Leaving an abusive partner is just the start if a long journey for victims of domestic violence. Reclaiming their identity is another challenge. We report on a new initiative utilising the power of make-up to help recovery...
Make-up is a choice. It represents the freedom to do what you want, to be who you want to be in the most contemporary and transformative of ways. It can be war paint; it can be a disguise; it can be something in between. And now, for thousands of women around the UK, it can be therapy, too.
Working with women who have experienced years of psychological and physical abuse at the hands of their ex-partners, charities across the country are positioning self-care as one of the primary tools for rehabilitation. For some women, that means taking the time to go to the gym, buy a bunch of flowers or read a book. For many more, it happens to involve eyeliner.
‘Cosmetics are often seen as superficial.’ says make-up artist Lee Pycroft, whose team at My-Management provides tutorials to women who have experienced domestic violence. ‘But there’s a therapeutic side to it, too. Many of the women I work with haven’t worn make-up for a long time, and you suddenly see a huge shift taking place in front of you when they’re given the opportunity to express their identity.’
The impact can’t be underestimated. One charity providing support to more than 10,000 survivors of domestic and sexual violence across London is Solace Women’s Aid. To mark its 40th anniversary, the charity has released a new report into the long-term impact of abuse. It reveals that 90 per cent of the women it works with continue to experience abuse at the hands of their exes even after they’ve left, and a quarter of the women have to move house up to three times in three years to end it altogether. And while legal advice and counselling all prove invaluable, for many, it’s about discovering who they are now.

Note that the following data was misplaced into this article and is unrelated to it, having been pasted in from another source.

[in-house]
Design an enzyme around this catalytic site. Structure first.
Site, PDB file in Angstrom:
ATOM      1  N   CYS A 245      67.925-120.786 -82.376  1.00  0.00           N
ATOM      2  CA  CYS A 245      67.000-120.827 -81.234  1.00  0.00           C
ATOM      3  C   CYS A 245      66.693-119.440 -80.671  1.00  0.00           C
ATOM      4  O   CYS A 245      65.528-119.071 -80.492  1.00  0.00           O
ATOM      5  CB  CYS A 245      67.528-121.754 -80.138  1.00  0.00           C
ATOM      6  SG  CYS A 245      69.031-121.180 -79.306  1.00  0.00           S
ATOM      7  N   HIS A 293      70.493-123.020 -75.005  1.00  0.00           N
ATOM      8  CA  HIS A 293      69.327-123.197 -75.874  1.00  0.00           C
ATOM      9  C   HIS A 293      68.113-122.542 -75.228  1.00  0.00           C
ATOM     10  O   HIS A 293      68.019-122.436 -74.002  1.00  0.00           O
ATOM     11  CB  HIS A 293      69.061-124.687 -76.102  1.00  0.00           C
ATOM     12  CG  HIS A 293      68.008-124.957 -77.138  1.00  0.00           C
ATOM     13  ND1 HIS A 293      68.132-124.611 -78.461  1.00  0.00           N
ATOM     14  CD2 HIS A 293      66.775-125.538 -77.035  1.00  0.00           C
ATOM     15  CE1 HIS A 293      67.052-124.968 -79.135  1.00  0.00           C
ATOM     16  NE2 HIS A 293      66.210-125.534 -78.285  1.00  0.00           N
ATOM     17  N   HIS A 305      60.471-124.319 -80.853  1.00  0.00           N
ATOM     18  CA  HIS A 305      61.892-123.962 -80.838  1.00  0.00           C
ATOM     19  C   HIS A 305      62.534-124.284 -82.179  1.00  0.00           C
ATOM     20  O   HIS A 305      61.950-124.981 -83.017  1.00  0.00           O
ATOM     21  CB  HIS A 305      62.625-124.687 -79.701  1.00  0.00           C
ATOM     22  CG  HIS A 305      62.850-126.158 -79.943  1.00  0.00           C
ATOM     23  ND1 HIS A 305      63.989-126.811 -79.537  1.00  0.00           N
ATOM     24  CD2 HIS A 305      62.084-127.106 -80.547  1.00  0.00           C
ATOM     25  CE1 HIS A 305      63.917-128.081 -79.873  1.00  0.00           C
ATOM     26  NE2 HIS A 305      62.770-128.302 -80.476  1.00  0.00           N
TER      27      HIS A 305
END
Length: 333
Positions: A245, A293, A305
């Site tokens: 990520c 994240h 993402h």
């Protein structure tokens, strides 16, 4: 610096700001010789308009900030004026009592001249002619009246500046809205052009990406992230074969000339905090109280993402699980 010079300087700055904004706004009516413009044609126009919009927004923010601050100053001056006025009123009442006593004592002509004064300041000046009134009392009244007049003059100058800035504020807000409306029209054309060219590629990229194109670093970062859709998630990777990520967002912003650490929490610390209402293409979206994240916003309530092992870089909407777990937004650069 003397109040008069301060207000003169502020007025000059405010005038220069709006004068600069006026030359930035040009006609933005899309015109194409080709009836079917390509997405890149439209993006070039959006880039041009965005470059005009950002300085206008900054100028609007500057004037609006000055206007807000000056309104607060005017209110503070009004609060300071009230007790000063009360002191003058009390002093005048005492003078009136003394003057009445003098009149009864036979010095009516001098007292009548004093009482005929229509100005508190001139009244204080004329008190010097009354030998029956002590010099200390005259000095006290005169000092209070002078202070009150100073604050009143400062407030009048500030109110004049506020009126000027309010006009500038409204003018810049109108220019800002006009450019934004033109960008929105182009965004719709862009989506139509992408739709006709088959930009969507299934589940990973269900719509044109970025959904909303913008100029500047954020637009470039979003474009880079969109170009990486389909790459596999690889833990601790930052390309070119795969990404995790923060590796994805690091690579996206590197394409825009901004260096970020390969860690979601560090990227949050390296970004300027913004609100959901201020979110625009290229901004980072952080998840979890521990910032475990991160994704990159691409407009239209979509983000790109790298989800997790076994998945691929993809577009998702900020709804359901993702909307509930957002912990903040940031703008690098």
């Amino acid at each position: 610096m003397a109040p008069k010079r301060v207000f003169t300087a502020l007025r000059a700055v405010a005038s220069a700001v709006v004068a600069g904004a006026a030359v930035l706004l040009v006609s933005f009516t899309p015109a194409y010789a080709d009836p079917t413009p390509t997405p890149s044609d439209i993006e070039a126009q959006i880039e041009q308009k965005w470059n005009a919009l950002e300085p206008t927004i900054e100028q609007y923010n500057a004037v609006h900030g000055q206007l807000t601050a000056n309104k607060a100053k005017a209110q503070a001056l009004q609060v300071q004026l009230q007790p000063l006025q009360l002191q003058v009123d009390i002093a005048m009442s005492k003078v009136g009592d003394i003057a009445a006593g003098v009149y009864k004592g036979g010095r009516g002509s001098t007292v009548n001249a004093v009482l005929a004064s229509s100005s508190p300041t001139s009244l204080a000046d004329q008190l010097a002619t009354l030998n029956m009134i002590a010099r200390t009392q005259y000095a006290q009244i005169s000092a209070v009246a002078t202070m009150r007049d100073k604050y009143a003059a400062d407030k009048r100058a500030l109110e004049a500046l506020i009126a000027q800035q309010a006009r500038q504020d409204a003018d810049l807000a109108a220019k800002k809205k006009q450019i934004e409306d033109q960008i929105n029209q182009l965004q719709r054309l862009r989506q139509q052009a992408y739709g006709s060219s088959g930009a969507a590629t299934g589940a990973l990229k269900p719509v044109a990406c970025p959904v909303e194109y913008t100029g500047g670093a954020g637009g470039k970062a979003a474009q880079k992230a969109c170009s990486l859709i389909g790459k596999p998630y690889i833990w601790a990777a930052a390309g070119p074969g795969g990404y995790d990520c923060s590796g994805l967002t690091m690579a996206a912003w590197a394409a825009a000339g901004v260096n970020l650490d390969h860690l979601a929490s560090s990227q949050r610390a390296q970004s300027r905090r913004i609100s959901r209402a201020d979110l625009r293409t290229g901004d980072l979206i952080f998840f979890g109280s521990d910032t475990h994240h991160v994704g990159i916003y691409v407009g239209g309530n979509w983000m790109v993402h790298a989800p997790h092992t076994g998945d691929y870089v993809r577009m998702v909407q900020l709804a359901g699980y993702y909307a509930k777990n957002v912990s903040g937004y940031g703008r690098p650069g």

This October – also Domestic Violence Awareness month – psychological abuse is to be criminalised, meaning that men who bully their partners will finally be held legally accountable. But they victory is bittersweet: crisis loans and community care grants have been cut, leaving many women unable to afford to relocate, and trapping them under the shadow of their past.
For them, more than anyone, it’s the little things that count. ‘Something powerful happens when a woman looks at her reflection in the mirror for the first time in weeks, months or years even, and remember who she really is,’ explains Pycroft. ‘In these circumstances, make-up isn’t about fitting in, it’s about finding yourself again.’